Good luck

Keep us posted.

Link to comment
Share on other sites

Policies.. not an issue.. point her where to find them.. and let her search through for the ones she wants..

Staff code of conduct.. is part of their contract and as such could come under data protection, depends on how you view this, most of it is in the other policies, could say that is where it is all found and to read the policies..

Any details on staff.. data protection would certainly cover all this and prevent you from disclosure, other than the basics.. we had these displayed for all to see, names, qualifications, and roles of staff.. no more..

Link to comment
Share on other sites

Am I the only person to think something is a bit amiss?

Good advice from everyone.

I would be very wary - certainly start how you mean to go on with her.

I would be interested to talk to the other setting too!

After all it is supposed to be a two way relationship between parents and settings.

  • Like 2
Link to comment
Share on other sites

Basically, any info that is public domain (contained in Ofsted report, on your website/facebook page etc) is fair game as she could find that out for herself.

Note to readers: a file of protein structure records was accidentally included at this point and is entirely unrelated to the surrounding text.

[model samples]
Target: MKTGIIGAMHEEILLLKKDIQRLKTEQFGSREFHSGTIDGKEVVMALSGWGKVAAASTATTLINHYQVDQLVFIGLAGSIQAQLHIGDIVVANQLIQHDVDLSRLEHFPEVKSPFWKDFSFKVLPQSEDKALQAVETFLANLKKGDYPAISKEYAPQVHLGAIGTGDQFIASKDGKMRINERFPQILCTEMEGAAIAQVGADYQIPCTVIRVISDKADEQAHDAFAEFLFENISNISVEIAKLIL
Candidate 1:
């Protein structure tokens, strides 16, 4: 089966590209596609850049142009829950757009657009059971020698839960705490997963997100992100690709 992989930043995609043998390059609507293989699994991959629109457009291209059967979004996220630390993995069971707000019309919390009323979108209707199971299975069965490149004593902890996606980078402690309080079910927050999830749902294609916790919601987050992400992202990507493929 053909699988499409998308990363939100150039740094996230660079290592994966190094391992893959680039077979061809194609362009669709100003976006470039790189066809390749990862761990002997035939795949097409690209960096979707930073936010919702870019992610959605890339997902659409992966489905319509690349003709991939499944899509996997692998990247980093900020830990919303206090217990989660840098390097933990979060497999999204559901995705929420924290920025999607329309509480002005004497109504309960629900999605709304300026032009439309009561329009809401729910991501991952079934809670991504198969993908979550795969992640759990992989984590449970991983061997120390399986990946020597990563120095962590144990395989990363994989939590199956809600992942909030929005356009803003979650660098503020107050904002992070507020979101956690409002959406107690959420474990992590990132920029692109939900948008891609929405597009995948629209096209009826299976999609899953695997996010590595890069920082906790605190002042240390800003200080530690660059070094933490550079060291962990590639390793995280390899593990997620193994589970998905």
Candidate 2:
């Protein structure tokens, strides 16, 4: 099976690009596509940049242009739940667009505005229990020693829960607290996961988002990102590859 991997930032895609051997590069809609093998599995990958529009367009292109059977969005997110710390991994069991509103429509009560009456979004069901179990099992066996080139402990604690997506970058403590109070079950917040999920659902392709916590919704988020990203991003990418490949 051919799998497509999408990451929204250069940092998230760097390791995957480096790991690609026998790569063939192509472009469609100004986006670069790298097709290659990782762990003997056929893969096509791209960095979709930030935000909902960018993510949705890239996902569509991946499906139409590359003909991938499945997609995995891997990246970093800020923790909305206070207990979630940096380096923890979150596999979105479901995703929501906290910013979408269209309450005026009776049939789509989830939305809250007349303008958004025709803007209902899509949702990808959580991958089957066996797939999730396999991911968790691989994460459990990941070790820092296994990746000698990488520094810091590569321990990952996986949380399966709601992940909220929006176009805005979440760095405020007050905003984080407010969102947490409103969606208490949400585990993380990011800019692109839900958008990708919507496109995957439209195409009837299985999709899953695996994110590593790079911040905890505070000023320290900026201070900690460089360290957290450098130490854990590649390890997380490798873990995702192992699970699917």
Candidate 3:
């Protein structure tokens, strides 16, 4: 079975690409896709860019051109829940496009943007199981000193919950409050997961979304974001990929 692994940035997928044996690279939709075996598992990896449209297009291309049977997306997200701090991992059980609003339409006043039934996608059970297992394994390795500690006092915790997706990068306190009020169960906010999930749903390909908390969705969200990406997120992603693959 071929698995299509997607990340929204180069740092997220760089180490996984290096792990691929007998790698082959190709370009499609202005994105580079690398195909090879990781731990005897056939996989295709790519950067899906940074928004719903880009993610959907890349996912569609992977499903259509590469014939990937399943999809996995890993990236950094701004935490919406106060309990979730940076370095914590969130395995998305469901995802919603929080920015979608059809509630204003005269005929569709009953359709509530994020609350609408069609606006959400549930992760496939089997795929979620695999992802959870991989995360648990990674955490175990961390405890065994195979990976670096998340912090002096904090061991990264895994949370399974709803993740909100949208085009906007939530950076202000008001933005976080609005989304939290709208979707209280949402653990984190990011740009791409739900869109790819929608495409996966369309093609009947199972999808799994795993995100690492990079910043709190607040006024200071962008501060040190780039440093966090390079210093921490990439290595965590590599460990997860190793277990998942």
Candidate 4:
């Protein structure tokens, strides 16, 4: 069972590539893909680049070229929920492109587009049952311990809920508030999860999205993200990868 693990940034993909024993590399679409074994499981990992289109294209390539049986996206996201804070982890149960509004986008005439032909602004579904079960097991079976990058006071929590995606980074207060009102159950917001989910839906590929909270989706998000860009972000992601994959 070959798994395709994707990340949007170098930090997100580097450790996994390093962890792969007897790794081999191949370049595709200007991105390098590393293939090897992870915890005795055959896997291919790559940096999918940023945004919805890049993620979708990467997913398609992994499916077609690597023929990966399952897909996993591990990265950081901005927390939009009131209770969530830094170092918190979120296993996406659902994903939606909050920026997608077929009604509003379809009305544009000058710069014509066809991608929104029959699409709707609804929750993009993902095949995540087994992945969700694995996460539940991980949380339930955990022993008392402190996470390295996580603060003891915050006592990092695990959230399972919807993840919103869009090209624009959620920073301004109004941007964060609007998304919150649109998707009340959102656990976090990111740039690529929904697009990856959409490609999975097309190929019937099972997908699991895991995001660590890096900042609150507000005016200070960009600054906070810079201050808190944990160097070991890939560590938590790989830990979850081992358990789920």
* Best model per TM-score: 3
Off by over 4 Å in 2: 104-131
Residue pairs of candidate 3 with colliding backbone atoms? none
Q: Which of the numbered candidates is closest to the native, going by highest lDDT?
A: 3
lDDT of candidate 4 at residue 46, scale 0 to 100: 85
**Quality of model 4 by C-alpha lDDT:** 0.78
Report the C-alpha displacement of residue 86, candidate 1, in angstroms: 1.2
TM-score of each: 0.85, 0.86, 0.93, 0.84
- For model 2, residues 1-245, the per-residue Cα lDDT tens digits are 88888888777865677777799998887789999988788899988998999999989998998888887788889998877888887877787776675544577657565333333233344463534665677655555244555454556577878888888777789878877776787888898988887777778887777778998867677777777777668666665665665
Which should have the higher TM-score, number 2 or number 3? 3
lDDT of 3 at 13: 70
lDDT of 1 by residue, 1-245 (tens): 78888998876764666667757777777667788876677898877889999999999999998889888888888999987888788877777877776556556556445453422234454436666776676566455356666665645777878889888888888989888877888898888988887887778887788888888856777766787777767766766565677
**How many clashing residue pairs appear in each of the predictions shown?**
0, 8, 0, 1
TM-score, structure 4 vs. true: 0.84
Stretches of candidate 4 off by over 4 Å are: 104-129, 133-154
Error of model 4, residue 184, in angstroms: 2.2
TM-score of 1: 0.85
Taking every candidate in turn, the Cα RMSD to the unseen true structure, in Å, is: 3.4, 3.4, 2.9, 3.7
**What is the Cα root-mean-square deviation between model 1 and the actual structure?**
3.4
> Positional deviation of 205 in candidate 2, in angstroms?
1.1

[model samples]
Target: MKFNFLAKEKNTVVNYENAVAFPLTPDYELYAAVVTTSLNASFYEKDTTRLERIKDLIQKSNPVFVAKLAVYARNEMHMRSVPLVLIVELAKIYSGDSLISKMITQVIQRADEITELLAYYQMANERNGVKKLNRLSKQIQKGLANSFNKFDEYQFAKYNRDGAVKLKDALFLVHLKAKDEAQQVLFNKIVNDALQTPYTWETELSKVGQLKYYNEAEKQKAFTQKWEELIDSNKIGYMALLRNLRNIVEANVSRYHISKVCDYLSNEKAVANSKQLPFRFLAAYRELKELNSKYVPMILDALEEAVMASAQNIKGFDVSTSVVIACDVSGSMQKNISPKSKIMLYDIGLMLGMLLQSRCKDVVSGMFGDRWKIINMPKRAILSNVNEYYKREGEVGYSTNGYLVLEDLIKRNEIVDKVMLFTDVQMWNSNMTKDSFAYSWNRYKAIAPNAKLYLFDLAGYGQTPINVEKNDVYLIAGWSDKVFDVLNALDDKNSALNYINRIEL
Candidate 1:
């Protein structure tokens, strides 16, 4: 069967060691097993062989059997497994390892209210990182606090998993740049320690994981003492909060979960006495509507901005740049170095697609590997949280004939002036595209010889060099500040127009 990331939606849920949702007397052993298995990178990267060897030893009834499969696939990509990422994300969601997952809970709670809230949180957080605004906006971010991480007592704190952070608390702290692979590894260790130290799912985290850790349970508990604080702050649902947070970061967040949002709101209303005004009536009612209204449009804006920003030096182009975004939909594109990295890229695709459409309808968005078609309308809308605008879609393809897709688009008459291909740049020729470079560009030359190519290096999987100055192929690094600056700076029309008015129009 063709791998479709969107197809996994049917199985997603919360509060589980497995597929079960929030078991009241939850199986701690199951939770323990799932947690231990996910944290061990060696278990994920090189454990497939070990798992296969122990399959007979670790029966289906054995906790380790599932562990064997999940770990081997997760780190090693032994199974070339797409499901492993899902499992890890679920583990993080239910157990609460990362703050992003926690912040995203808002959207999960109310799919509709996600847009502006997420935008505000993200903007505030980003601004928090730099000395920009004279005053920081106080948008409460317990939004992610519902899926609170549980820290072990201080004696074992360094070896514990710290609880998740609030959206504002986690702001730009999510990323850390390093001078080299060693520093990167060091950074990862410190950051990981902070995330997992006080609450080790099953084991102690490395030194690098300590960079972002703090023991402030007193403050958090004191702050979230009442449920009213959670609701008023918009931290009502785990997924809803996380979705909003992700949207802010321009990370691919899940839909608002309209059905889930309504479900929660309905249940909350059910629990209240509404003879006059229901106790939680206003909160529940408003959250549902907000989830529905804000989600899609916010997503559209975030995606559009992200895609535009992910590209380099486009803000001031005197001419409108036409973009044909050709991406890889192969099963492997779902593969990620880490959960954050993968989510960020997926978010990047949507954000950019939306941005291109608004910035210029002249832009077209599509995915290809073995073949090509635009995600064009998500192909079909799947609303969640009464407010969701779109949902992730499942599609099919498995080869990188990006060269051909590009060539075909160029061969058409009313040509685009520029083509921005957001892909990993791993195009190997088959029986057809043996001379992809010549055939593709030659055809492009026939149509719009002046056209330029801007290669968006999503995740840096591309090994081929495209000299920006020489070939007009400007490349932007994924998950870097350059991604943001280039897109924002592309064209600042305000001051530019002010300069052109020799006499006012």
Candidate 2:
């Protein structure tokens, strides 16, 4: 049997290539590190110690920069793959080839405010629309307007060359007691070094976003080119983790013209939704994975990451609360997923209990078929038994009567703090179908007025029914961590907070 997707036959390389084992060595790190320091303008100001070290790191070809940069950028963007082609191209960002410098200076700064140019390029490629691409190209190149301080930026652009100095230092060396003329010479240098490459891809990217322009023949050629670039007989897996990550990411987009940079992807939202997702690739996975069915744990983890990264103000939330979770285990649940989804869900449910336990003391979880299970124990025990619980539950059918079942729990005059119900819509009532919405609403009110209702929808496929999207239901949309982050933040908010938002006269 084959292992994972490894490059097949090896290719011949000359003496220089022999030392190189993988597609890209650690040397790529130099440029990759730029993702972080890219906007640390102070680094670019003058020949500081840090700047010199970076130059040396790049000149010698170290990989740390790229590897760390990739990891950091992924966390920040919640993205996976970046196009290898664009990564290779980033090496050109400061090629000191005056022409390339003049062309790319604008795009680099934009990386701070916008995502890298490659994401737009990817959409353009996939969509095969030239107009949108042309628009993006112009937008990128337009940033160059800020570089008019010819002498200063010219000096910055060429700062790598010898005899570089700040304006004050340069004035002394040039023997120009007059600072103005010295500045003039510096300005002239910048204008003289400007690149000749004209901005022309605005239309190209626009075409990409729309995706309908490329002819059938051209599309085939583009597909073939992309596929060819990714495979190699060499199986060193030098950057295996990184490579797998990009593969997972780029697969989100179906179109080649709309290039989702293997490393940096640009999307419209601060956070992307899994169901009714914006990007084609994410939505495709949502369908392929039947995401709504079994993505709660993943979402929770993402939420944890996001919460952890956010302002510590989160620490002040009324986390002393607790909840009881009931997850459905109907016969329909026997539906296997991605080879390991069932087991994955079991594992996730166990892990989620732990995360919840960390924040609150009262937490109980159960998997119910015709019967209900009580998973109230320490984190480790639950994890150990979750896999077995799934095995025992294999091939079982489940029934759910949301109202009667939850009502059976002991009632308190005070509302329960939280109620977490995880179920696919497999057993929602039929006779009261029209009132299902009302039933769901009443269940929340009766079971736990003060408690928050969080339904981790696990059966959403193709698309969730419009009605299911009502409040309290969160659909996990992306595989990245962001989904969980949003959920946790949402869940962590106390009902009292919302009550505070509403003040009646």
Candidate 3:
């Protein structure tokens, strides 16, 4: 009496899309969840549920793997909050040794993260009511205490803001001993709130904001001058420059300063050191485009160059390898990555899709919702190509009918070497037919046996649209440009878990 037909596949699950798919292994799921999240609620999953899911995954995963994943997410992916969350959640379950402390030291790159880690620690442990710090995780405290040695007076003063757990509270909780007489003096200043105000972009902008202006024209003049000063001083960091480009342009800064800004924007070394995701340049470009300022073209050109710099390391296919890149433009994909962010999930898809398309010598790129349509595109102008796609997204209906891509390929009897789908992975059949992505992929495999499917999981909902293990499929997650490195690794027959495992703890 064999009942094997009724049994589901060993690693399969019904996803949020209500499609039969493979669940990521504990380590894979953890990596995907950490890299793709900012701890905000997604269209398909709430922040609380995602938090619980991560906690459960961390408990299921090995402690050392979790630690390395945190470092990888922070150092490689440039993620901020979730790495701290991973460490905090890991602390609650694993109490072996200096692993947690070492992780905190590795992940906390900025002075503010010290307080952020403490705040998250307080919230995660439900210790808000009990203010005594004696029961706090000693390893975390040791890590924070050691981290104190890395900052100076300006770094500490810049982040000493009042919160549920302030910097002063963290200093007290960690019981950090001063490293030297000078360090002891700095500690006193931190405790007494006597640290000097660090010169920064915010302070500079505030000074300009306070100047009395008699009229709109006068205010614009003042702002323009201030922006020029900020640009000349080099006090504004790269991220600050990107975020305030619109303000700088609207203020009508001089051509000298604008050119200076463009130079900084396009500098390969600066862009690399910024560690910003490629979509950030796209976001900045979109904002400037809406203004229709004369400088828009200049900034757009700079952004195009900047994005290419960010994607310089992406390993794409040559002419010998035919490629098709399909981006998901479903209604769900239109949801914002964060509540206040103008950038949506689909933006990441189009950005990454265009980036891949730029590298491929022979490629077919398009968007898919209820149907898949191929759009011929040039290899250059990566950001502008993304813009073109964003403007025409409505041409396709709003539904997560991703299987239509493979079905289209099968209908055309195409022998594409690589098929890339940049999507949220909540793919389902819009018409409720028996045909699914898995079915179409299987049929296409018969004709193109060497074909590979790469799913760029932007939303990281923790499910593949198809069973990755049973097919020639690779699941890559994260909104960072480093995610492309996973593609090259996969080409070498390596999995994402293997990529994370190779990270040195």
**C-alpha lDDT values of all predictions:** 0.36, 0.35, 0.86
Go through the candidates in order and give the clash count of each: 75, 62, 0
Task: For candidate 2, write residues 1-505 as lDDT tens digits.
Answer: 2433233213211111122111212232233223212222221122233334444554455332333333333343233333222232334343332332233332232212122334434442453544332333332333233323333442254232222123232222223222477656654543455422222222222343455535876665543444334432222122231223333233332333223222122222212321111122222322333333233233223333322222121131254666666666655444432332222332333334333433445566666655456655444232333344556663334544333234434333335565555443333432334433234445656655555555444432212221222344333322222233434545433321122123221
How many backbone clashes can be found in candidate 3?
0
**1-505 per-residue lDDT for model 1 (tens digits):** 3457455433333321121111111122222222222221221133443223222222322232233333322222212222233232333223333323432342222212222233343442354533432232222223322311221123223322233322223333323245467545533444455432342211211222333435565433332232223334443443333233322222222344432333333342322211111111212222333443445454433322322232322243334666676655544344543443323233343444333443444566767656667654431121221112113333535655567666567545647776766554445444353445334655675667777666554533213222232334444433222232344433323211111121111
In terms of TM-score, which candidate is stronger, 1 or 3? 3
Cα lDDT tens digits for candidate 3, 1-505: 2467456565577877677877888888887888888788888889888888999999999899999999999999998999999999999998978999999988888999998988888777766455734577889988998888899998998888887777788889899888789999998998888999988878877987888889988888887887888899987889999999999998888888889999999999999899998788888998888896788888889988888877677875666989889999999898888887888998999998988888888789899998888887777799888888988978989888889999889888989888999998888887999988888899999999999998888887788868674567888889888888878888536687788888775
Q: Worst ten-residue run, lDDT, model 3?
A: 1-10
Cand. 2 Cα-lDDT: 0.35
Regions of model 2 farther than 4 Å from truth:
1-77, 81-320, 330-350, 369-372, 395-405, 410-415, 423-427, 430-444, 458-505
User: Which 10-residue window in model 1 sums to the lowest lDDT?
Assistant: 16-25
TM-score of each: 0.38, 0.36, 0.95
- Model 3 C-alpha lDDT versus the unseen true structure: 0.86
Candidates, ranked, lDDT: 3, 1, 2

I would probably tell her staff qualifications or generalise - 80% have level 3 and above, manager has degree blah blah...

Certainly wouldn't disclose any staff personal info or contractual details and code of conduct forms part of contract, so I'd politely decline that request.

I wouldn't necessarily tell her that the requests are unusual as if she is so nervous of leaving her little one, you wouldn't want to give the impression that she is being over protective or making unreasonable requests on you; I'd say something like "It was lovely to have you and your daughter in the setting today. Thank you for your email requesting further information. Please find attached copies of the policies you requested/if you'd like to pop in again, I will gladly sit down with you and show you the policy file and you can ask me any further questions.... Unfortunately, staff details and their contractual obligations remain private and confidential, so I am unable to share this information with you, but rest assured that they are all suitably qualified, undergo regular in house and external training and are all DBS checked in accordance with Ofsted regulations.

That should do it!

  • Like 1
Link to comment